Encyclopedia of Jazz Musicians
Robinson played piano and organ in his father's church in his early teens. He also played trumpet in both junior high and high school. Lenny's first contact with jazz came early in junior high school when he heard a jazz recording on the radio and could not figure out how the drummer could do what he was doing. It turned out that the record was a Max Roach/Clifford Brown record. This started Lenny on a journey that continues to this day. He started out by going to listen and sit in with the elder statesmen of jazz in Baltimore. He then enrolled in the Peabody Conservatory of Music under the teachings of Charles Memphis, principal percussionist with the Baltimore Symphony Orchestra. After a year at Peabody, Lenny transferred to Morgan State University where Mr. Memphis was also on staff. While attending Morgan, Lenny's first international gig was with Pamoja Experience, a theatrical jazz group that chronicled the black music experience from slave songs to the p resent. This group toured Europe and performed in places such as the Montreux festival in Switzerland, the Oslo festival, the North Sea festival as well as theatre appearances in various cities in Europe. Shortly after returning from Europe, Lenny was asked to join Jean Carne's band. This band traveled extensively throughout the US sharing concert billings with groups such as The O'Jays, Roy Ayers, The Gap Band and other R&B groups of the early 80's. It was during this time that Lenny wanted to move to New York, when the Army came calling to have him be a member of the 26th Army Band in Brooklyn, NY. The Army paid for him to live there and get established. After going through basic training and the Armed Forces School of Music, Lenny was now in New York and starting to work. He put together a band that included either Onaje Allan Gumbs or Kenny Kirkland on piano, Anthony Cox on bass and John Purcell on reeds. This band performed regularly at 55 Grand, the musicians hang out at the time. This enabled Lenny to play with and establish relationships with musicians such as Mike Stern, Jaco Pastorious, Marcus Miller, the Brecker Brothers, Anthony Jackson, Jeff Watts and many other world class musicians. When Lenny got out of the Army, he stayed in New York and worked for a while, but when his son was born, he and his wife moved to Washington, D.C. in 1986. Although Lenny's primary residence is in the Washington, D.C. metropolitan area, he still maintains a residence in New York. He has performed with Dewey Redman, Clifford Jordan, Carter Jefferson, Vanessa Rubin, Lou Donaldson, Roy Hargrove, Kenny Barron, Eartha Kitt, Gary Bartz, Eddie Henderson, Ahmad Jamal, Keter Betts, John Hicks, Larry Willis, Don Braden as well as the Bill Cosby show "You Bet Your Life". He was most recently a member of the late Stanley Turrentine's working quintet.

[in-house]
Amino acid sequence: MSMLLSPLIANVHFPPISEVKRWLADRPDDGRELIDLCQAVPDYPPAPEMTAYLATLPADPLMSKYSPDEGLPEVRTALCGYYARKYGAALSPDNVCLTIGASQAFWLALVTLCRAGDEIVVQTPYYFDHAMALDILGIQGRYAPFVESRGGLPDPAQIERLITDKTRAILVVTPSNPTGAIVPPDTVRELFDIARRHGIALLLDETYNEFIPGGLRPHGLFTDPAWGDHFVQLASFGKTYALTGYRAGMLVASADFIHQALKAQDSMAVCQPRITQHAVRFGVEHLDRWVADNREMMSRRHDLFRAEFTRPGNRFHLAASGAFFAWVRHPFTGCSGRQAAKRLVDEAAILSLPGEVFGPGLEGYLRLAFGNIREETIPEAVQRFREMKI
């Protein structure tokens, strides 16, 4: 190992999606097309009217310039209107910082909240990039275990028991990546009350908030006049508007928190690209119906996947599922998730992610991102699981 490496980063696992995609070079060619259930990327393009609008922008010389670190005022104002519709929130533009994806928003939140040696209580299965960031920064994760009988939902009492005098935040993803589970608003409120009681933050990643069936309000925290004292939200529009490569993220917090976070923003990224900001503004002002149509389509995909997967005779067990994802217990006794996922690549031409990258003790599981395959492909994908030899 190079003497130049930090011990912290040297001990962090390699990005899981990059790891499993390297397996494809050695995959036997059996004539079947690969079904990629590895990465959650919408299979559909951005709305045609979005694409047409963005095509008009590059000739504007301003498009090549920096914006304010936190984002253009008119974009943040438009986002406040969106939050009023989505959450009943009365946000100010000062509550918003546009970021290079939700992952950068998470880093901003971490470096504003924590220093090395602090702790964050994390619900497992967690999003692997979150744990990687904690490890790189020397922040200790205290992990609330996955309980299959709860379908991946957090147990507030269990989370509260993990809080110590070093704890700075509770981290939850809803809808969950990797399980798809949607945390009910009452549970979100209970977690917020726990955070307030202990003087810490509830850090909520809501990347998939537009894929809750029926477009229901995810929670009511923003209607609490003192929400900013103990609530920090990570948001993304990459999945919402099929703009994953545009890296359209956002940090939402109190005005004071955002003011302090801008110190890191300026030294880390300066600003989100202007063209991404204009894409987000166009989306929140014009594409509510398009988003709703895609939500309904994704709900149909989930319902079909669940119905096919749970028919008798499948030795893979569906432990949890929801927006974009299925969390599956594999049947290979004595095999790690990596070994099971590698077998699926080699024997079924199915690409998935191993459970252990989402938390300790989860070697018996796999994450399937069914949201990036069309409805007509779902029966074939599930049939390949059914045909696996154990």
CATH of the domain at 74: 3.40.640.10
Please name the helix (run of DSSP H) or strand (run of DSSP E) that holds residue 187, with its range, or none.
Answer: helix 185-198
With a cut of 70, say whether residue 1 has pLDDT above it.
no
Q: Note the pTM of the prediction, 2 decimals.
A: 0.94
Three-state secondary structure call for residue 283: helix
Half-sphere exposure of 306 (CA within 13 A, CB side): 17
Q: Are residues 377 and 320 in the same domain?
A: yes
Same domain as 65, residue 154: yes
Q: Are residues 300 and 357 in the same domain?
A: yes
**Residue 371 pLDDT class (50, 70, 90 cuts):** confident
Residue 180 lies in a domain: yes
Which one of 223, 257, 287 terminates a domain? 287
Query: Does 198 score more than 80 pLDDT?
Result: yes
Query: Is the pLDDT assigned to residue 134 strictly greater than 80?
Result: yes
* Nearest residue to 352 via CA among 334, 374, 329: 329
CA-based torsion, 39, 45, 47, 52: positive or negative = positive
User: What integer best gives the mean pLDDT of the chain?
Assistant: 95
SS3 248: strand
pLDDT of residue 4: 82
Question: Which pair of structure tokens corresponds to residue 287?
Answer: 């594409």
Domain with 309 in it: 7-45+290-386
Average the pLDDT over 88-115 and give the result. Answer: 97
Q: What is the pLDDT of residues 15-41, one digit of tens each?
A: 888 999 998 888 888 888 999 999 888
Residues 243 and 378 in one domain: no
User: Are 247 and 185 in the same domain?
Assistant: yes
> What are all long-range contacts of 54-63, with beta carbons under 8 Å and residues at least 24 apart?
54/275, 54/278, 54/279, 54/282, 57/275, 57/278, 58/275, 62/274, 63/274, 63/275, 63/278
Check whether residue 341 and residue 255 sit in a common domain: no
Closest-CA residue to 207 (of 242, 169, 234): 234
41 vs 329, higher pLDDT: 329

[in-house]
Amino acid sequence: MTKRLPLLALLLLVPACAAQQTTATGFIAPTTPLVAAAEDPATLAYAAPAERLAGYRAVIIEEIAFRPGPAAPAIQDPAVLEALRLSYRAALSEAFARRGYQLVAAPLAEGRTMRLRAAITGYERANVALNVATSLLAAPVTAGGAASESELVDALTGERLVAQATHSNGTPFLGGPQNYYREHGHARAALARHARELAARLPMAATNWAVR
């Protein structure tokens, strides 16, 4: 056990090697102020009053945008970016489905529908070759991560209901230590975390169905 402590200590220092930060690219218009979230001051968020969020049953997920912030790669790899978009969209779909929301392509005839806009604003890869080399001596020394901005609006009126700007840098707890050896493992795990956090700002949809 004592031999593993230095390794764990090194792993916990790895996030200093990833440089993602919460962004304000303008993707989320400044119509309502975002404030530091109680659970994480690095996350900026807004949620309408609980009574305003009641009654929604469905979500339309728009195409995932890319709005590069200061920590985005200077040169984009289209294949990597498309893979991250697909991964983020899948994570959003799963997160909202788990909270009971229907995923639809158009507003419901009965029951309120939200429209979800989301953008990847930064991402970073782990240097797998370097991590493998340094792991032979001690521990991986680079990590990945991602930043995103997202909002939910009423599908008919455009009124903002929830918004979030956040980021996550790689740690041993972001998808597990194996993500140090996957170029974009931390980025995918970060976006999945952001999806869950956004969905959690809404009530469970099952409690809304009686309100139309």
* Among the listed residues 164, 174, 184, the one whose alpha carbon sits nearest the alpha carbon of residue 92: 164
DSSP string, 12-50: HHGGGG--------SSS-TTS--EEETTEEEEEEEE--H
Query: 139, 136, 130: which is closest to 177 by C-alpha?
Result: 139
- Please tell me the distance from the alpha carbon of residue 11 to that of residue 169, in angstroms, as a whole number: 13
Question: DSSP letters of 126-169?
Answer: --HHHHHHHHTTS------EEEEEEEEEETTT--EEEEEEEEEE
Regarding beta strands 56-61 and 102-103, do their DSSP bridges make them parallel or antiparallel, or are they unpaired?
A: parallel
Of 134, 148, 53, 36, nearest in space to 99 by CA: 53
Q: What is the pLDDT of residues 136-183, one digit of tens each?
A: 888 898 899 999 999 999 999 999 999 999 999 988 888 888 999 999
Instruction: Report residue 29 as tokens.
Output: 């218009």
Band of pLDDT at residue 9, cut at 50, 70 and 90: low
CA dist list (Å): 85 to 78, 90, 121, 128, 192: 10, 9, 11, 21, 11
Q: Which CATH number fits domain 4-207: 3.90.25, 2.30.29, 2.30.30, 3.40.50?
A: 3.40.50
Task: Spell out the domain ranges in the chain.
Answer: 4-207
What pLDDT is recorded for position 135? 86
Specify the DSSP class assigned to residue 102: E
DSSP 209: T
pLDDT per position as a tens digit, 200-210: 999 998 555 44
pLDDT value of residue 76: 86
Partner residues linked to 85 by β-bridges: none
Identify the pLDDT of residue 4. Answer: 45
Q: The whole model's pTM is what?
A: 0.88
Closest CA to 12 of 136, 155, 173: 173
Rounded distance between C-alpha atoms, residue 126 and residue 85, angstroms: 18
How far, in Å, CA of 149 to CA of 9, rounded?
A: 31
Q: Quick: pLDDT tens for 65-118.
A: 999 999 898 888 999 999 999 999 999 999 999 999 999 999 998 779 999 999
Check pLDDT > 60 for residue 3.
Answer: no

Lenny's career has also had an educational side. He was part of the adjunct faculty at Cheyney State University in Cheyney, Pa. as well as an instructor for the Living Jazz summer program there. This program was directed by Terrell Stafford, currently director of jazz studies at Temple University. The faculty also included Tim Warfield, saxophonist w/ Nicolas Peyton and other world reknown artists. Lenny most recently was chosen to lead a group and be involved in the Harman Corp.'s Listening To Jazz educational program. This program, which is a partnership between the Harman Corp. and Wynton Marsalis, is designed to go into urban public schools and teach elementary school children the elements of Jazz and to show how these elements go together to create the art that is improvisation. Lenny is currently on the faculty at the prestigious Landon School in Bethesda, Md.
Lenny is currently performing with his Jazz Trio "Lenny Robinson & 3 For All" as well as with Talib Kibwe (TK Blue) and Byron Morris and Unity. His newest endeavour is his "Organic Trio" featuring Marshall Keys on saxophone and Harry Appelman on Hammond. He is also producing records for his production company Intrinsic Value Productions. He currently works with Marlena Shaw.
Three For All: Premonition
Ron Holloway: Slanted (1993); Sheryl Bailey: Little Misunderstood (1995); Ron Holloway: Groove Update; Chuck Brown: Timeless; Byron Morris & Unity: Live at the East Coast Jazz Festival